Points of view: Why male cannibalism won't cause a female-biased OSR -- a comment on Smith and Wootton's paper

Points of view: Why male cannibalism won't cause a female-biased OSR -- a comment on Smith and... Reviews in Fish Biology and Fisheries 8, 93±98 (1998) Points of view Why male cannibalism won't cause a female- biased OSR ± a comment on Smith and Wootton's paper CH ARLOTTA K VA RNEMO Department of Zoology, the University of Western Australia, Nedlands, WA 6009, Australia Keywords: brood cannibalism, operational sex ratio, sexual selection Smith and Wootton (1995) dealt with cannibalism in ®sh, in relation to a model by Clutton-Brock and Parker (1992) on operational sex ratio (OSR). Here I comment on Smith and Wootton's paper, and explain why I disagree with some of their conclusions. Firstly, however, to provide a theoretical background to my arguments, I will summarise Clutton-Brock and Parker's model (1992) and explain some applications of OSR. The concept of OSR (the ratio of males to females ready to mate), ®rst discussed by Emlen and Oring (1977), is a central tool in explaining variation in sex-roles and intensity in mating competition (Clutton-Brock and Parker, 1992; Andersson, 1994; Andersson and Iwasa, 1996; Reynolds, 1996). In recent years, this concept has become prominent in empirical studies and has received considerable theoretical attention (Clutton-Brock and Vincent, 1991; Clutton-Brock and Parker, 1992; Owens and Thompson, 1994; Parker and Simmons, 1996). http://www.deepdyve.com/assets/images/DeepDyve-Logo-lg.png Reviews in Fish Biology and Fisheries Springer Journals

Points of view: Why male cannibalism won't cause a female-biased OSR -- a comment on Smith and Wootton's paper

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Publisher
Kluwer Academic Publishers
Copyright
Copyright © 1998 by Chapman and Hall
Subject
Life Sciences; Freshwater & Marine Ecology; Zoology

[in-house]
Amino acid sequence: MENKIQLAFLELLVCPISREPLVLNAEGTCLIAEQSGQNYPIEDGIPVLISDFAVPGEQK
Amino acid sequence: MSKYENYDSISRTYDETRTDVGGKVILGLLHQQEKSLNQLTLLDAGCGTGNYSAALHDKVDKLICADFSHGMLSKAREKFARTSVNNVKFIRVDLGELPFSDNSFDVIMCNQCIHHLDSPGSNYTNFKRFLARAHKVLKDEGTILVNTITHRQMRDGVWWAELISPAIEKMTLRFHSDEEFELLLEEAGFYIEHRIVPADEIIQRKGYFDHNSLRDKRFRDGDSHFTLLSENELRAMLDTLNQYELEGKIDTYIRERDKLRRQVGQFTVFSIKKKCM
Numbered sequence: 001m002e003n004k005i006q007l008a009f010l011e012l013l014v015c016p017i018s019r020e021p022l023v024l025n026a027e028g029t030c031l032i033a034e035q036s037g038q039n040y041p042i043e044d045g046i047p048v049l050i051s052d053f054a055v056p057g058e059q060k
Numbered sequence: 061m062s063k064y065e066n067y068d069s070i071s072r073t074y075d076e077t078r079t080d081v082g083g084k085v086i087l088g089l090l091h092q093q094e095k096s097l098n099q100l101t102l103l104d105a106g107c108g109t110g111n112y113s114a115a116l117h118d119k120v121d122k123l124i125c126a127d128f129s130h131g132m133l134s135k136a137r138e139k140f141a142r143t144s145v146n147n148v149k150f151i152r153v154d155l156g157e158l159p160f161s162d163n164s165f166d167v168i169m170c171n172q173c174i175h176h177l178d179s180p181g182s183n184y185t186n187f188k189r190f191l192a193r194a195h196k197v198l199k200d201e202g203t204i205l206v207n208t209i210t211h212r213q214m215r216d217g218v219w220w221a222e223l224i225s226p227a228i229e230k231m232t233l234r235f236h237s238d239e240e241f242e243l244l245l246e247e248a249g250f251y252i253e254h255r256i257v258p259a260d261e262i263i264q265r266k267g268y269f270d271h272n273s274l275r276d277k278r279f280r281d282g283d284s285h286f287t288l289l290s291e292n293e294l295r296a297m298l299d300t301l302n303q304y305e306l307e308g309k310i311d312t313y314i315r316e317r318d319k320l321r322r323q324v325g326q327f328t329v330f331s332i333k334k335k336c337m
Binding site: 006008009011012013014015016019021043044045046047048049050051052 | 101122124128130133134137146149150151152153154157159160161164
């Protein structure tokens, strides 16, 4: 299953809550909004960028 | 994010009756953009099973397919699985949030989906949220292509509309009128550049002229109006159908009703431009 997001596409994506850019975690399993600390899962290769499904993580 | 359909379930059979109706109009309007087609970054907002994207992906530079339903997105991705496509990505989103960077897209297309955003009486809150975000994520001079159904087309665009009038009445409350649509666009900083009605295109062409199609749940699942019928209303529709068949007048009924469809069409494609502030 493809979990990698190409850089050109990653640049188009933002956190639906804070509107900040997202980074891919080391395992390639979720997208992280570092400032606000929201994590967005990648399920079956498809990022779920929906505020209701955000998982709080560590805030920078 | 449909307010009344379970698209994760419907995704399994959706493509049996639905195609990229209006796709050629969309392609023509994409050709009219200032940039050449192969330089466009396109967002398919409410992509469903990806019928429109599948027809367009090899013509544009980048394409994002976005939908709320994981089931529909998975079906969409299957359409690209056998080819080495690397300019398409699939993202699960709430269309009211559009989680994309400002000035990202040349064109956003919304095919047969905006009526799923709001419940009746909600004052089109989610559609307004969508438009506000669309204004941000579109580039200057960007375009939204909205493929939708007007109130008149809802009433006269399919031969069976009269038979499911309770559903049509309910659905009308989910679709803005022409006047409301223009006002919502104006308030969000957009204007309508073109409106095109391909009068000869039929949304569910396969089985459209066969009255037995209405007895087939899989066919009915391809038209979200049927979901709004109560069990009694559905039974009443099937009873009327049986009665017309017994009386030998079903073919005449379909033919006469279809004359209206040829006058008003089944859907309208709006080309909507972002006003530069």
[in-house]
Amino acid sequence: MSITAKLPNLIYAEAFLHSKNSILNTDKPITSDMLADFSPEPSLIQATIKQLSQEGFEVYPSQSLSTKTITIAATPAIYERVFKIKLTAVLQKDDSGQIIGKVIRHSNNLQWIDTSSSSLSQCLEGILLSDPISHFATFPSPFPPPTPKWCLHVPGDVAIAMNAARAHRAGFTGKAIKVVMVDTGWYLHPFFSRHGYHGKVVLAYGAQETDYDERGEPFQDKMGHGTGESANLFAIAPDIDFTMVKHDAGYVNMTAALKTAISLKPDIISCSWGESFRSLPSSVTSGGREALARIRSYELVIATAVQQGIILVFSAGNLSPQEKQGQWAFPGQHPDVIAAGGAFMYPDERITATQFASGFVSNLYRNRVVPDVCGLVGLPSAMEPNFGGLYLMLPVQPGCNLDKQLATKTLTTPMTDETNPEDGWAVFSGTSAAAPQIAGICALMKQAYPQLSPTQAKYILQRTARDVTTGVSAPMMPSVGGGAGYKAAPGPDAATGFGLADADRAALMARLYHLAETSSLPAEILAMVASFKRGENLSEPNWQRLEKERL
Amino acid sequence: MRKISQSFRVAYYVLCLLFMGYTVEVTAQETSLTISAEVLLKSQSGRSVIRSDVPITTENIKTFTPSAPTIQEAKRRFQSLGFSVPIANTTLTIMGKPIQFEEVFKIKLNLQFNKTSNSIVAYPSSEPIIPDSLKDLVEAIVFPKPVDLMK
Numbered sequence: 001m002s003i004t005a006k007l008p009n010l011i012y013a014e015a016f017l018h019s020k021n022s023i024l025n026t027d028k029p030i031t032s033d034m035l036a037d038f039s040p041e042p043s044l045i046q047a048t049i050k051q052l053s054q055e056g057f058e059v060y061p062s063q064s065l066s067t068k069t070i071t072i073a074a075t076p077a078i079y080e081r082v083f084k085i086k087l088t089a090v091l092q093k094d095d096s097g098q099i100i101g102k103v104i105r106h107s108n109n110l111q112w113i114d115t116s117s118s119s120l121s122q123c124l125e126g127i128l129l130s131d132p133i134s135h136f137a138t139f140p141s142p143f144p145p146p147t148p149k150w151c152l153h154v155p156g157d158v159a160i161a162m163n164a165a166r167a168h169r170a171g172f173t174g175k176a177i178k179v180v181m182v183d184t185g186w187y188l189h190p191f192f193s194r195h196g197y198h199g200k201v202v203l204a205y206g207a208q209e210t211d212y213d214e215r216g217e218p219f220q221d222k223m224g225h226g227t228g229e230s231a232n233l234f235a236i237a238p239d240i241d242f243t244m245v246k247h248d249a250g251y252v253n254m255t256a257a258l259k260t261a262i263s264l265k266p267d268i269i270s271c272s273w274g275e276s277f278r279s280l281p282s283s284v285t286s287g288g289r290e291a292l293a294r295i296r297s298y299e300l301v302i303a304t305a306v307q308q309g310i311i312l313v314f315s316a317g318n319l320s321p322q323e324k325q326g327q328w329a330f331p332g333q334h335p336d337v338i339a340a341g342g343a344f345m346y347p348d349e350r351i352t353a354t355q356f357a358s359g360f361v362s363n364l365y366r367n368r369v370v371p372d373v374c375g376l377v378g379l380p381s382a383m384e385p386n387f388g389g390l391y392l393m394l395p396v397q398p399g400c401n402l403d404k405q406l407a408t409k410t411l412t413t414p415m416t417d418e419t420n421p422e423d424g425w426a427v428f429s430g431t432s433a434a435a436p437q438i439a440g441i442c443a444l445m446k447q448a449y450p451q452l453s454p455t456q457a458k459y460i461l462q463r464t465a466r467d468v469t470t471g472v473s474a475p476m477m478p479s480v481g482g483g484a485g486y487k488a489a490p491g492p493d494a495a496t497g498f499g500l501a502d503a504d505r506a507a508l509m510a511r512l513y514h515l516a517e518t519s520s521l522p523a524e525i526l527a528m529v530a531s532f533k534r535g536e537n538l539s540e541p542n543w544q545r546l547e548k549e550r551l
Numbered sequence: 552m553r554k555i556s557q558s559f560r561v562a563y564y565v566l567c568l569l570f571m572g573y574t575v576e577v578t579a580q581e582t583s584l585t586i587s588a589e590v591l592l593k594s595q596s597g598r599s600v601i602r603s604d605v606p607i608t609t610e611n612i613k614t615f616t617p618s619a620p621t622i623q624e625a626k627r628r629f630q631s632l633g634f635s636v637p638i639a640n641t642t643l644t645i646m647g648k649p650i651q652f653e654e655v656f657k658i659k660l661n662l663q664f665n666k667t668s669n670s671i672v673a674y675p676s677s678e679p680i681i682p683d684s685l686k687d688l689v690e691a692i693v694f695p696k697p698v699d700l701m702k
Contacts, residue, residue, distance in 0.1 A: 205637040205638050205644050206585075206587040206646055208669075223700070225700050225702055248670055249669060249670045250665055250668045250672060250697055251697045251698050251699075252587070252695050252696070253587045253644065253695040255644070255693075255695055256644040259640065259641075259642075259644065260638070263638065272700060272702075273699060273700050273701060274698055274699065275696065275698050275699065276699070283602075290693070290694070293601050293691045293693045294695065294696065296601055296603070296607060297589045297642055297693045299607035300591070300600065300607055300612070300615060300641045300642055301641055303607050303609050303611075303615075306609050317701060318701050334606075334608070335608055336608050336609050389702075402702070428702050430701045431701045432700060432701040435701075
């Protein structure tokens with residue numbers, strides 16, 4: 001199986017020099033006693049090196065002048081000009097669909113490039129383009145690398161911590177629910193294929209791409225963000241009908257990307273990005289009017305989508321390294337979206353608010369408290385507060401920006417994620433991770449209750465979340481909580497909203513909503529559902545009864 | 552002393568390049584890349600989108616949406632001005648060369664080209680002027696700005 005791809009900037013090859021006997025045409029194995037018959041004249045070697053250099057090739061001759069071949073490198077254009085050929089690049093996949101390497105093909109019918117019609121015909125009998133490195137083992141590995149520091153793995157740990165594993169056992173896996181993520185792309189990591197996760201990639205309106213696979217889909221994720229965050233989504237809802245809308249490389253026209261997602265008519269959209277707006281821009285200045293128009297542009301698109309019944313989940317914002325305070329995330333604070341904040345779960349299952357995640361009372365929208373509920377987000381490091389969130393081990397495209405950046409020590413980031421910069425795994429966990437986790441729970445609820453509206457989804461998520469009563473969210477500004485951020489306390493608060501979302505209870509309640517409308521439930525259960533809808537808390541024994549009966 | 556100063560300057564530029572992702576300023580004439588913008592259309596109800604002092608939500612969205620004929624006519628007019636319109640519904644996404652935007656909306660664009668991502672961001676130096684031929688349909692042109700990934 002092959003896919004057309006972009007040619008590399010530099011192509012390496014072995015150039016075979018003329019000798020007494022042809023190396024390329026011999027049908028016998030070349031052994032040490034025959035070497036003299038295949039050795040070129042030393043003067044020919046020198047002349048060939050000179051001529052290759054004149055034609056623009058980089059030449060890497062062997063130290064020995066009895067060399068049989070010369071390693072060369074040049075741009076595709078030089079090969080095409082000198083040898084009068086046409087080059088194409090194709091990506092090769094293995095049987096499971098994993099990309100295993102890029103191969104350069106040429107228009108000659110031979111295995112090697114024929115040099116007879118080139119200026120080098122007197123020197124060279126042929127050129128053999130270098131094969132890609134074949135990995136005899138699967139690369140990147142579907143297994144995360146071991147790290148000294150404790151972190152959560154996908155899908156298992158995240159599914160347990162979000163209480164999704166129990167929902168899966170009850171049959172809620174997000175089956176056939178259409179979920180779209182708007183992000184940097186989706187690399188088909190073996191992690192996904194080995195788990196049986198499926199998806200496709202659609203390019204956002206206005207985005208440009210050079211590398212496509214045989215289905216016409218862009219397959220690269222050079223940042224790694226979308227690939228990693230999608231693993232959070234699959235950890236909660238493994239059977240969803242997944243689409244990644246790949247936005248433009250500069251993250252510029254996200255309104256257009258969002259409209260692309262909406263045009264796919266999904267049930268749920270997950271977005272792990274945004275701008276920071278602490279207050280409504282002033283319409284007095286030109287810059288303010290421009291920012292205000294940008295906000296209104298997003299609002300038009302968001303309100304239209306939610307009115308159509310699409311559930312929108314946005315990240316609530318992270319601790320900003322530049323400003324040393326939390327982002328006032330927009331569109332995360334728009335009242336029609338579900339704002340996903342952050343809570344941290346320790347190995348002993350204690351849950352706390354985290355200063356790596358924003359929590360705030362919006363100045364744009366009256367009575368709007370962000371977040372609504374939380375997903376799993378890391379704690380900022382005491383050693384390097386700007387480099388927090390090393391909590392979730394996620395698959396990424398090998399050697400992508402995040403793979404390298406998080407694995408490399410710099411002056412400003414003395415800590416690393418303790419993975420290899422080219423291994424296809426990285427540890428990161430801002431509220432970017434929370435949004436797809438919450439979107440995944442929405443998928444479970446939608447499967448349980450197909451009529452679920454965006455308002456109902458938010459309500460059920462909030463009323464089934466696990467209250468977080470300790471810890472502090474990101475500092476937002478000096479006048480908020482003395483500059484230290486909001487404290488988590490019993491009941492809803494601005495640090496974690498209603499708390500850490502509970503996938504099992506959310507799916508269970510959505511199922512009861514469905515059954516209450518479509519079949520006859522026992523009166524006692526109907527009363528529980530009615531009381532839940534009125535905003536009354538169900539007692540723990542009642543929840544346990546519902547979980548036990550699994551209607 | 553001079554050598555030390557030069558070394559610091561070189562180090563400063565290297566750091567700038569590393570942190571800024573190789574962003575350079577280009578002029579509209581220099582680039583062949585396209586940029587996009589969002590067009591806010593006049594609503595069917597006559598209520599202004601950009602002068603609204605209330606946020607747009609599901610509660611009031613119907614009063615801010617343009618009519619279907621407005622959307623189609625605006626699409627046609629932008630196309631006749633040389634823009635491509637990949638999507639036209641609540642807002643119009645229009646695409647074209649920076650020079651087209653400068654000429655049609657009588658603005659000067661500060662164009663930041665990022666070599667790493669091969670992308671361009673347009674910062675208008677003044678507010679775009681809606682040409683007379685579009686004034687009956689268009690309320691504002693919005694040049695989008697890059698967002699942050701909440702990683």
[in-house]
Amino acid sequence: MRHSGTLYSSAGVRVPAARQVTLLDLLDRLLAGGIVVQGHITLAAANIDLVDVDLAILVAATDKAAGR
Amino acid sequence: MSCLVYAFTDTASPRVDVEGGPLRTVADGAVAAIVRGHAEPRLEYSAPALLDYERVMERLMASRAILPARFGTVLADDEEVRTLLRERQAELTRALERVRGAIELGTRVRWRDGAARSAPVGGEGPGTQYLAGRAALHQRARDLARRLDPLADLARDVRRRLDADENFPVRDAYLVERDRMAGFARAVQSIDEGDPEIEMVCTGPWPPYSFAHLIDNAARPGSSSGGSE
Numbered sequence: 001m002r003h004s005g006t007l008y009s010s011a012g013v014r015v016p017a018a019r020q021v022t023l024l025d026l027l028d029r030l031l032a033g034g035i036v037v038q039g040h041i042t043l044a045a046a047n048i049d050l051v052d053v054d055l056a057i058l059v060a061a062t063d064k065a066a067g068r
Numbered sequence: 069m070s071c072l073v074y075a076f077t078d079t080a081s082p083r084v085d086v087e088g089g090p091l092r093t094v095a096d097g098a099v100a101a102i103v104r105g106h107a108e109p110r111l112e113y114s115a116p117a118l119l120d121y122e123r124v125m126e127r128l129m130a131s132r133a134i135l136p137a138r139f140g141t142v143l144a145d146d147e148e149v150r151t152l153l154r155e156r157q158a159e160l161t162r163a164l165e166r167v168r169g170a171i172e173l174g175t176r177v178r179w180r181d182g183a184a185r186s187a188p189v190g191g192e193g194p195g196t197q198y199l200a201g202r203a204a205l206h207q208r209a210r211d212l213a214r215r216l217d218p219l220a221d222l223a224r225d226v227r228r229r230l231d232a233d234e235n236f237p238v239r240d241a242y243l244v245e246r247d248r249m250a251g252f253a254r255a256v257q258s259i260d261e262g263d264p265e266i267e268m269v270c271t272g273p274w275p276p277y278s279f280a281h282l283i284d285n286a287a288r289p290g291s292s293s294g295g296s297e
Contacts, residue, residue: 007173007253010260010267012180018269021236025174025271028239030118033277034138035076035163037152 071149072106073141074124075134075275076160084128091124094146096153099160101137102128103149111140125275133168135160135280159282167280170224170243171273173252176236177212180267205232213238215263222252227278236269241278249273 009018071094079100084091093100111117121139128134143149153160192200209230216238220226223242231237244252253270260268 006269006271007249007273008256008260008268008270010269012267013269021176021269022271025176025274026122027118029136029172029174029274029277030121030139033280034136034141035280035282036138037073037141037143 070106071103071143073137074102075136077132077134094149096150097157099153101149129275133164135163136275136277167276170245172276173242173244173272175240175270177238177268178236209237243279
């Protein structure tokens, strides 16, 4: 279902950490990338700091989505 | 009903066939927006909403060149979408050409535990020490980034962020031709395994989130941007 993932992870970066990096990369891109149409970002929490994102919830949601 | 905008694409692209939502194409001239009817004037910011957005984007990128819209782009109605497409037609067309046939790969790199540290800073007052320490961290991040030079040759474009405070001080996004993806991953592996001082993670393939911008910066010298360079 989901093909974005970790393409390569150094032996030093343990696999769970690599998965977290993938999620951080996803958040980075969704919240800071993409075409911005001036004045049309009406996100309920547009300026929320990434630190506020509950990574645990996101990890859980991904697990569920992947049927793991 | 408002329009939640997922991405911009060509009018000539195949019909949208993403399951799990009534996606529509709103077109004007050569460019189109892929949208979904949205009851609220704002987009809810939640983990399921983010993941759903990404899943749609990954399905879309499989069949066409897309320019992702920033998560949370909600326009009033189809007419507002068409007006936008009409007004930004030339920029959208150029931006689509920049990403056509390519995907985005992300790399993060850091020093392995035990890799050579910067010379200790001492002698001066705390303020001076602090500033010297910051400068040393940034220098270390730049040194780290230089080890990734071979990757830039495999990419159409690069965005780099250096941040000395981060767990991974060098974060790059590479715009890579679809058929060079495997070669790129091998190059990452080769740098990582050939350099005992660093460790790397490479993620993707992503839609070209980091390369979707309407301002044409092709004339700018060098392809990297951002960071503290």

ISSN
0960-3166
eISSN
1573-5184
D.O.I.
10.1023/A:1008816601559
Publisher site
See Article on Publisher Site

Abstract

Reviews in Fish Biology and Fisheries 8, 93±98 (1998) Points of view Why male cannibalism won't cause a female- biased OSR ± a comment on Smith and Wootton's paper CH ARLOTTA K VA RNEMO Department of Zoology, the University of Western Australia, Nedlands, WA 6009, Australia Keywords: brood cannibalism, operational sex ratio, sexual selection Smith and Wootton (1995) dealt with cannibalism in ®sh, in relation to a model by Clutton-Brock and Parker (1992) on operational sex ratio (OSR). Here I comment on Smith and Wootton's paper, and explain why I disagree with some of their conclusions. Firstly, however, to provide a theoretical background to my arguments, I will summarise Clutton-Brock and Parker's model (1992) and explain some applications of OSR. The concept of OSR (the ratio of males to females ready to mate), ®rst discussed by Emlen and Oring (1977), is a central tool in explaining variation in sex-roles and intensity in mating competition (Clutton-Brock and Parker, 1992; Andersson, 1994; Andersson and Iwasa, 1996; Reynolds, 1996). In recent years, this concept has become prominent in empirical studies and has received considerable theoretical attention (Clutton-Brock and Vincent, 1991; Clutton-Brock and Parker, 1992; Owens and Thompson, 1994; Parker and Simmons, 1996).

Journal

Reviews in Fish Biology and FisheriesSpringer Journals

Published: Oct 6, 2004

References

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